What is PTSD?
PTSD is a psychiatric disorder that can occur following the experience or witnessing of a life-threatening events such as serious accidents, military combat, being in a war zone, being affected by earthquakes or other natural disasters, terrorist incidents. It can also affect those people who have trauma through physical or sexual assault in adult or childhood.
If you have faced a traumatic experience, you may simply feel emotionally numb to begin with. Alternatively feelings of distress may not emerge straight away, but it is possible that you may develop emotional and physical reactions, and changes in behaviour. These symptoms may mean you are suffering from PTSD.
Symptoms may include:
Reliving aspects of the trauma
- vivid flashbacks (feeling that the trauma is happening all over again)
- intrusive thoughts and images
- intense distress at real or symbolic reminders of the trauma.
- keeping busy
- avoiding situations that remind you of the trauma
- repressing memories (being unable to remember aspects of the event)
- feeling detached, cut off and emotionally numb
- being unable to express affection
- feeling there’s no point in planning for the future.
Being easily upset or angry
- disturbed sleep
- irritability and aggressive behaviour
- lack of concentration
- extreme alertness
- panic response to anything to do with the trauma
- being easily startled.
These are all quite common reactions to a traumatic event, and many people find the symptoms will disappear in a relatively short period of time. But if they last for longer than a month, or they are very extreme, you may be given a diagnosis of PTSD.
PTSD can occur after experiencing or witnessing traumatic events such as:
- military combat,
- serious road accidents,
- terrorist attacks,
- natural or man-made disasters,
- being held hostage,
- violent deaths, and
- violent personal assaults, such as sexual assault, mugging or robbery.
PTSD may also occur in any other situation where a person feels extreme fear, horror or helplessness. However, it does not usually develop after situations that are upsetting, such as divorces, job losses or failing exams.
Someone with PTSD often relives the traumatic event through nightmares and flashbacks. They may also have problems concentrating and sleeping, and feel isolated and detached. These symptoms are often persistent and severe enough to have a significant impact on a person’s day-to-day life.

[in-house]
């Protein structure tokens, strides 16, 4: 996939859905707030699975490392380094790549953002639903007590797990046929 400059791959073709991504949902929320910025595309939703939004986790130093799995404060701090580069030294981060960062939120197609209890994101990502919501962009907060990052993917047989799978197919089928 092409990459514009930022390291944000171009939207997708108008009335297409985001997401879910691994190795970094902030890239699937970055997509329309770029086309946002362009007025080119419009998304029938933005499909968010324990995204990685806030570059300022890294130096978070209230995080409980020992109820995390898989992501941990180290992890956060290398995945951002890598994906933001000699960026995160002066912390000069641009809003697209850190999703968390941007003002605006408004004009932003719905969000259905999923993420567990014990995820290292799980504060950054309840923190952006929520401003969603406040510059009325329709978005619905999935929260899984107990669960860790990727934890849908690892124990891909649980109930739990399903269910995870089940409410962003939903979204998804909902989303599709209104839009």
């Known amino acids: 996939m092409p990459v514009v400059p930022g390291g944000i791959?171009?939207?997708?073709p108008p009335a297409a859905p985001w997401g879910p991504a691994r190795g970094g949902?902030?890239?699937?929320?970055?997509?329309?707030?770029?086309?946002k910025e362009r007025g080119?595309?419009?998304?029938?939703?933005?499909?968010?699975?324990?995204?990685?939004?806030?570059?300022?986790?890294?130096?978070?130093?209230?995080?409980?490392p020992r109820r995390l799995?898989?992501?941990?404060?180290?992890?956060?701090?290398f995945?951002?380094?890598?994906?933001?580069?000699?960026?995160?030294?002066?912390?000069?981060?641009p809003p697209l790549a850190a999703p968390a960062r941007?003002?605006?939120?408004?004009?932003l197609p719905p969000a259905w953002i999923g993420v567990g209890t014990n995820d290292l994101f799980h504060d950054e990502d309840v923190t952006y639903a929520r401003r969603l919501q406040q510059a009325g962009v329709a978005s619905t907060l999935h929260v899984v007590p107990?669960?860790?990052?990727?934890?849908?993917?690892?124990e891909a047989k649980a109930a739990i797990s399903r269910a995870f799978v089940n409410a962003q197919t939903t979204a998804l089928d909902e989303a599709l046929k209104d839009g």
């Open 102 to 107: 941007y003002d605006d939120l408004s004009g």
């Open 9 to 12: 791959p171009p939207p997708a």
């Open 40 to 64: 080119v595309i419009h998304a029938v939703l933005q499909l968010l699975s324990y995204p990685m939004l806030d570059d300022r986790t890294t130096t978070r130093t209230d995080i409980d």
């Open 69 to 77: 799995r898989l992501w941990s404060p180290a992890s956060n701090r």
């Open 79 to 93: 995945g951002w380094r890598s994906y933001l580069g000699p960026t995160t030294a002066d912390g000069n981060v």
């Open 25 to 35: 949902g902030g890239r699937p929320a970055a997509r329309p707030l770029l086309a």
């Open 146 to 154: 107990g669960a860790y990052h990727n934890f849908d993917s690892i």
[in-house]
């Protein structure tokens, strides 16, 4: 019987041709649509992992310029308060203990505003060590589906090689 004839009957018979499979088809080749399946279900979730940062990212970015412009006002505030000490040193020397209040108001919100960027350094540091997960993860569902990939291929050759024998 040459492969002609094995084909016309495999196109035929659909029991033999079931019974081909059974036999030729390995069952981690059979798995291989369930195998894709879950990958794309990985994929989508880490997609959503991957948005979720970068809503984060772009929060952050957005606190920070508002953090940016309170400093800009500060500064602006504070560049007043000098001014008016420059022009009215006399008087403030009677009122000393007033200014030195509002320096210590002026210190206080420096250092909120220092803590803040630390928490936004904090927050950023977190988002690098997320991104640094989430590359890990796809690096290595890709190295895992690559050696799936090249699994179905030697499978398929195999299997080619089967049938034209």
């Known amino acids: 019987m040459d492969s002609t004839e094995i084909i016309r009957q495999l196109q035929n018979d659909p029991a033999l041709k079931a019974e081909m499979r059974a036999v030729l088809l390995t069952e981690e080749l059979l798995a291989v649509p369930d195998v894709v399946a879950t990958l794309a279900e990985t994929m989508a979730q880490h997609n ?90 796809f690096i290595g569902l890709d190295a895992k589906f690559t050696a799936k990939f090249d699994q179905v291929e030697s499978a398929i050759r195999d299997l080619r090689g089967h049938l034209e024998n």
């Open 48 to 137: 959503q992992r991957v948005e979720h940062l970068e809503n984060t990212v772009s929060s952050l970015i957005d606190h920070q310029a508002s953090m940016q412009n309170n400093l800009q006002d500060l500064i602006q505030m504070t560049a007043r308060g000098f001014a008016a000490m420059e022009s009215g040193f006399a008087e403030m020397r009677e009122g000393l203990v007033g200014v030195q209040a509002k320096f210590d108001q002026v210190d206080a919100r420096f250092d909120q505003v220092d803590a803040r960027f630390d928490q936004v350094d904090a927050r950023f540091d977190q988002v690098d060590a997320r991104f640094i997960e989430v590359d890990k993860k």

Signs and symptoms
- Having recurrent nightmares
- Acting or feeling as though the traumatic event were happening again, sometimes called a “flashback”
- Being physically responsive, such as experiencing a surge in your heart rate or sweating, to reminders of the traumatic event
- Having a difficult time falling or staying asleep
- Feeling more irritable or having outbursts of anger
- Feeling constantly “on guard” or like danger is lurking around every corner
- Making an effort to avoid thoughts and feelings, or conversations about the traumatic event
- A loss of interest in important, once positive, activities
- Experiencing difficulties having positive feelings, such as happiness or love
What happens to us?
When we experience a trauma we are bombarded with a massive amount of information. This can be so overwhelming we are unable to process it. Normally when information is processed properly by the brain the emotion associated with the event subsides. This means that we are able to rationalise the situation. Unfortunately, sometimes the information is not processed. Consequently anything that triggers a reminder of the situation will bring back the emotion just as strongly as if we are re experiencing the event now. An example of this would be a soldier who had been traumatised by gunshots in the battlefield. The sound of a car backfiring could be a trigger that brings back the exact emotion that he experienced at the time.
How can our treatments and techniques help?
Our therapy treatment for PTSD includes EMDR (Eye Movement Desensitization and Reprocessing) which helps to process the unprocessed information the client has experienced. Also included in our treatment plan is HCBT (Hypno Cognitive Behavioural Therapy). This uses Hypnotherapy in a structured way to change automatic negative thoughts to automatic positive thoughts.